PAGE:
This Week in Real Estate: March 27, 2017


A theme of highs and lows This Week in Real Estate. The value of the housing market hits a 10-year high while both cash and distressed sales totals hit nine-year lows in 2016. Below are a few highlights from the third full week of March that influence our business:

* Value of the Housing Market Hits a 10-Year High. The value of the housing market hit a 10-year high in 2016 as equity reached new levels, according to the Urban Institute’s latest report. The Federal Reserve’s Flow of Funds report has consistently indicated an increasing total value of the housing market driven by growing household equity since 2012, and 2016 was no different. Total debt and mortgages held steady at $10.3 trillion, but household equity reached a new high of $14 trillion. The total value of the housing market increased to $24.3 trillion, surpassing even the pre-crisis peak of $23.9 trillion in 2006.
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* 2016 Cash and Distressed Sales Totals Hit Nine-Year Lows. The share of homes sold for cash fell to the lowest level in nearly a decade in full-year 2016. CoreLogic said that 32.1 percent of all home sales in the 12-month period ending in December closed without the benefit of a mortgage. This was a decrease of 2.2 percentage points from the 2015 share. The previous low point for such sales was in 2007 when cash sales accounted for a 27 percent of sales. CoreLogic also noted that distressed home sales, a total of both short sales and sales of lender-owned real estate (REO) accounted for 8.9 percent of all sales for the year, also the lowest share since 2007. At its peak in January 2009, distressed sales totaled 32.4 percent of all sales with REO sales representing 27.9 percent of that share.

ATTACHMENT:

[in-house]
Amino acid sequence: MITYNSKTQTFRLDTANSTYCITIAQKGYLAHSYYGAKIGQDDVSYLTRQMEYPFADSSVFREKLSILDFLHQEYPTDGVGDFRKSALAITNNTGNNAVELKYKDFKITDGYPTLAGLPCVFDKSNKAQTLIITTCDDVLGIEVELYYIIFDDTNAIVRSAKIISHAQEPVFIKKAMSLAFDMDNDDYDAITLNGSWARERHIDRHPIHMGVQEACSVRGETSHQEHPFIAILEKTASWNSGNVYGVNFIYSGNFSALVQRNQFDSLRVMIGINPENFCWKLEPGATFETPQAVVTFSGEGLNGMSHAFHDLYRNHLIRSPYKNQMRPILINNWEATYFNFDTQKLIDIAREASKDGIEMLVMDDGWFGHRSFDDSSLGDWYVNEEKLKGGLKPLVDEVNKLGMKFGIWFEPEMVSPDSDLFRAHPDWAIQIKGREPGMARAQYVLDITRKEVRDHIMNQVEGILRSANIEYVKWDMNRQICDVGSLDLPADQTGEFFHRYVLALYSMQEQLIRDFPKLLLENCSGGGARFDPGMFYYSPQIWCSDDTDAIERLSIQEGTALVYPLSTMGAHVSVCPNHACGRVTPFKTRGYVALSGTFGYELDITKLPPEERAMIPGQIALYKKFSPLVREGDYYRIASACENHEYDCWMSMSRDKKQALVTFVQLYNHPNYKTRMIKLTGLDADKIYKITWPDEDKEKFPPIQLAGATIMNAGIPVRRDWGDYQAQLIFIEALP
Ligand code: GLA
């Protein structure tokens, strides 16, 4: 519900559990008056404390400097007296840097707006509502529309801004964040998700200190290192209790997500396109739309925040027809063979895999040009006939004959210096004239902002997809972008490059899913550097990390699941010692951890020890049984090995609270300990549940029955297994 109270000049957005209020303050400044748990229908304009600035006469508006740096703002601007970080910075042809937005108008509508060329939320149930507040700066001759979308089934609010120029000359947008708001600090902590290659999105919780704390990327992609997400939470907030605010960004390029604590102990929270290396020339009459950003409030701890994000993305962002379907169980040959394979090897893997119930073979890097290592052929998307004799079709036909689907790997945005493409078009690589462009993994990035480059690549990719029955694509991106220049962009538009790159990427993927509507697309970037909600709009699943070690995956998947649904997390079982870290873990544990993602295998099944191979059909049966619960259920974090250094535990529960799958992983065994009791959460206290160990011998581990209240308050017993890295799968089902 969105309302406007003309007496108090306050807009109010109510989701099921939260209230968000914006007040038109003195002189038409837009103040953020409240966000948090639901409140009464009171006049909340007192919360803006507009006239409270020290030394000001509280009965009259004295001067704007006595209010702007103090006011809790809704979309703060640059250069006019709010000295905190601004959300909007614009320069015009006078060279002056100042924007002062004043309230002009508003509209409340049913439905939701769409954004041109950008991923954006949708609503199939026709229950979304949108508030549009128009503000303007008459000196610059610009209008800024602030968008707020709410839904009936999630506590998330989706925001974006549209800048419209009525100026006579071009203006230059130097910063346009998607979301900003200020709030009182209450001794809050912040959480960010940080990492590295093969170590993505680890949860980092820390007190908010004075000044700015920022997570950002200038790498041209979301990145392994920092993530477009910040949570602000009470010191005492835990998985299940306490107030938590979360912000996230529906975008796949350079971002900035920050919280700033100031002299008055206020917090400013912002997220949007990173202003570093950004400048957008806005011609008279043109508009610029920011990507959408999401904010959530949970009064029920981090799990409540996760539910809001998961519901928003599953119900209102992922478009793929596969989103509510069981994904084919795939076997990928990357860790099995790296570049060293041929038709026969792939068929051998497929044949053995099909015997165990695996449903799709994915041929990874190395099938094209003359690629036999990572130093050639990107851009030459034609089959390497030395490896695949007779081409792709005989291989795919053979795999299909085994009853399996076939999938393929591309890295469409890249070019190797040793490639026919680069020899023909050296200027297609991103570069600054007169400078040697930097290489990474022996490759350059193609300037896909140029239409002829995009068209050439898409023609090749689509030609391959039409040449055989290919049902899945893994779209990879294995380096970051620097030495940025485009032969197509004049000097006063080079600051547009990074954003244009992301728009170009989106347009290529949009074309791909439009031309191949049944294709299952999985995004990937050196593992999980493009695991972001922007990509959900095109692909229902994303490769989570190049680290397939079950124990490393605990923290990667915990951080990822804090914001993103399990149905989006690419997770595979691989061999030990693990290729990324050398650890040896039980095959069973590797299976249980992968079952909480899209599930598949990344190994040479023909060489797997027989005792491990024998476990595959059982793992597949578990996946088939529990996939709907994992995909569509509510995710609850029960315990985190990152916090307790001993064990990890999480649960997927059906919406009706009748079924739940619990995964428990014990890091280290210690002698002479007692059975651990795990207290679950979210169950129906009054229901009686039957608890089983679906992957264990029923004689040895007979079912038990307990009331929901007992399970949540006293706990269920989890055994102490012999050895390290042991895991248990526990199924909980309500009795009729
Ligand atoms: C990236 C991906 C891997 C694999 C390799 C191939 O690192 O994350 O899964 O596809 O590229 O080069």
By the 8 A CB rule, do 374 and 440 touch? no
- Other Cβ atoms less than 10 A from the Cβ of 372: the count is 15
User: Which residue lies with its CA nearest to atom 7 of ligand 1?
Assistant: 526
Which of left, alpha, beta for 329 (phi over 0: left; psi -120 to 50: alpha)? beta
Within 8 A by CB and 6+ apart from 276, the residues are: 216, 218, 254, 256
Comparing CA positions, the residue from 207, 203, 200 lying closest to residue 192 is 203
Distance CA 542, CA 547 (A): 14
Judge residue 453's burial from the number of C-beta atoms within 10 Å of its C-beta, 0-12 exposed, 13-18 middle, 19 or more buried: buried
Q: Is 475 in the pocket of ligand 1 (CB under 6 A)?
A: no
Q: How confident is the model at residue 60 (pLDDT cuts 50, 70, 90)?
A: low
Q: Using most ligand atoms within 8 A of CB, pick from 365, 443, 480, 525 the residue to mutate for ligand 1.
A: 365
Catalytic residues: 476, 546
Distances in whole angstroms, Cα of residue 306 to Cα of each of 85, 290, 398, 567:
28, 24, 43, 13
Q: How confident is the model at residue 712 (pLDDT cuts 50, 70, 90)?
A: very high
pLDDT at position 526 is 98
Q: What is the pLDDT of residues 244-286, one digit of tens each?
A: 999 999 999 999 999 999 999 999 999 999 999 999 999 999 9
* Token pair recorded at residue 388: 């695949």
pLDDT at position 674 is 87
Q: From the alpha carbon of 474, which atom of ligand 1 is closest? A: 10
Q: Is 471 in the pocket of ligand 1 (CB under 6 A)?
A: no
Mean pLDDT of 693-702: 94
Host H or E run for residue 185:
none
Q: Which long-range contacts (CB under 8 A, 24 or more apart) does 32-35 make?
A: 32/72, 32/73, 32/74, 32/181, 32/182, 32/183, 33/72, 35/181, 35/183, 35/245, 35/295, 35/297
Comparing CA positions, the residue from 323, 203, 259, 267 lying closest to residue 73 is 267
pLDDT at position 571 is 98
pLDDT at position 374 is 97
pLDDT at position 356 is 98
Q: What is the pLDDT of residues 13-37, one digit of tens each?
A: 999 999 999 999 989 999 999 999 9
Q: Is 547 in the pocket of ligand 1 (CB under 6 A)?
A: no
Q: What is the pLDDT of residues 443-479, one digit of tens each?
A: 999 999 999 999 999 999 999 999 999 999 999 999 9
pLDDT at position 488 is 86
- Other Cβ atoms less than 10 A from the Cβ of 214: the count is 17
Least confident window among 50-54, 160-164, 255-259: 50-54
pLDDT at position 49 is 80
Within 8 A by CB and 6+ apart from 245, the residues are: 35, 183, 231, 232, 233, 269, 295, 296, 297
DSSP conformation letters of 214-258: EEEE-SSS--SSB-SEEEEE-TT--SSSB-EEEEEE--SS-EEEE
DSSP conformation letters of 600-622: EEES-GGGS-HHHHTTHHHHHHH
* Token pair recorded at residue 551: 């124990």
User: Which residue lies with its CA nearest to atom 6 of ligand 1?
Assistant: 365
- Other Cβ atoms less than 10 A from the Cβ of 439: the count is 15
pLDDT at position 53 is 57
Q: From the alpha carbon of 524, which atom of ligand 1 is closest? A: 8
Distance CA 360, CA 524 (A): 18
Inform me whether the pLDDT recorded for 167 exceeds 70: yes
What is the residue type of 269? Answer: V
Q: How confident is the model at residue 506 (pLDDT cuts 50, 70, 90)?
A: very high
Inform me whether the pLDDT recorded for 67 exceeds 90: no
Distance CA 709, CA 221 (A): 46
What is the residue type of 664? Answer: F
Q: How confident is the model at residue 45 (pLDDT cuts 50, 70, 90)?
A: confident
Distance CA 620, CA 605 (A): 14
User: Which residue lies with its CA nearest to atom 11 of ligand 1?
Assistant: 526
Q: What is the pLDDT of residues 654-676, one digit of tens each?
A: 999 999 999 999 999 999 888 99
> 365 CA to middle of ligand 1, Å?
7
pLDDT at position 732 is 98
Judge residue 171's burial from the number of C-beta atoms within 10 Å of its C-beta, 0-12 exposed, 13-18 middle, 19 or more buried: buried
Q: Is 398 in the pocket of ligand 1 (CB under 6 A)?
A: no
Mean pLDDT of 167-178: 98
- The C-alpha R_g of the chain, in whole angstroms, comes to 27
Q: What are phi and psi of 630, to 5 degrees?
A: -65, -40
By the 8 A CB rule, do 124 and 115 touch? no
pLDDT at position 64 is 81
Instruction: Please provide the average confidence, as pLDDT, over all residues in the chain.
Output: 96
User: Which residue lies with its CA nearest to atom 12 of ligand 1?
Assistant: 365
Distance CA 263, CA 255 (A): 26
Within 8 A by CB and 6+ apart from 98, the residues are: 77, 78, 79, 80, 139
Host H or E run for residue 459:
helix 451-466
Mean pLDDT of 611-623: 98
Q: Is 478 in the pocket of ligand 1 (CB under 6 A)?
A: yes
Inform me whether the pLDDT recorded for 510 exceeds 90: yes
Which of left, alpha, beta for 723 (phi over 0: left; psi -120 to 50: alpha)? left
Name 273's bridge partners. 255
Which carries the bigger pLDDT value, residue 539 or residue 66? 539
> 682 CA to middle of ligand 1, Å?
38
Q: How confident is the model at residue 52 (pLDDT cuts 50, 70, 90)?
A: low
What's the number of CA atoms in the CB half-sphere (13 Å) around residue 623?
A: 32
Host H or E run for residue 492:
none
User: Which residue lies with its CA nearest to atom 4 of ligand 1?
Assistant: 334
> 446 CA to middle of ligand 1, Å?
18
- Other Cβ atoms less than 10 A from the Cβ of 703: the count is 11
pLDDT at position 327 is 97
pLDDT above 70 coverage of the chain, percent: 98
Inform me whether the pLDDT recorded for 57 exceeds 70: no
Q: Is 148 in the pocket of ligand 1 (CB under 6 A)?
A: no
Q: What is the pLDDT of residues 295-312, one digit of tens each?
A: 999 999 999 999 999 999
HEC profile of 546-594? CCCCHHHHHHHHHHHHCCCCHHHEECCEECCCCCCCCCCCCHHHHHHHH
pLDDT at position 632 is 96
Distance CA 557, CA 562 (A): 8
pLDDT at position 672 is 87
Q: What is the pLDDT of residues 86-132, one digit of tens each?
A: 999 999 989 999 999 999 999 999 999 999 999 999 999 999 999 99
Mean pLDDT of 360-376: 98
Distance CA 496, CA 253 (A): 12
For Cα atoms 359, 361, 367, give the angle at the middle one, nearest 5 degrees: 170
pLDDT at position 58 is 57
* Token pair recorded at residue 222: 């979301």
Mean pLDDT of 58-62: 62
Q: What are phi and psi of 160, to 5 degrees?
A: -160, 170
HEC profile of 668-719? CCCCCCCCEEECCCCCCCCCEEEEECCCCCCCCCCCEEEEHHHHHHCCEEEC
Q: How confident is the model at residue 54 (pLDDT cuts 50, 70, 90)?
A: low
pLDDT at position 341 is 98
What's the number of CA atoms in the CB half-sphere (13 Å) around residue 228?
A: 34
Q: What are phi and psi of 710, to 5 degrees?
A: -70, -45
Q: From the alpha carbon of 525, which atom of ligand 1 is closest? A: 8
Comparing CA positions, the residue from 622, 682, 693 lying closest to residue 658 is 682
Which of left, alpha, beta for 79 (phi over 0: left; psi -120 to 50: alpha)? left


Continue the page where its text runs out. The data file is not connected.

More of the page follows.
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* Positive Trend For New Home Sales. Contracts for new home sales expanded by 6.1% in February, according to estimates from the joint data release of HUD and the Census Bureau. The growth in sales continues along a positive trend for the market, which is supported by solid job growth, improving household formations, continuing favorable housing affordability conditions, and tight existing home inventory. The seasonally adjusted annual pace for February new single-family home sales was 592,000. This is 6.1% better than January and a 12.8% gain over a year ago. The most recent data also indicate a growing share of homes not-yet-started in builder inventory. For example, on a year-over-year basis, homes under construction in inventory have increased by almost 6% over the last year. Completed, ready-to-occupy homes (there are only 63,000) are up 5% since February of last year. In contrast, homes not-yet-listed in inventory have increased 42%, from 36,000 in February of 2016 to 51,000 last month. Regionally, all areas except the Northeast saw monthly growth in sales, with notable growth of 31% in the Midwest. Sales in the Northeast were down 21%. Smaller growth of 4% and 8% was recorded in the South and West respectively.
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Have a productive week!

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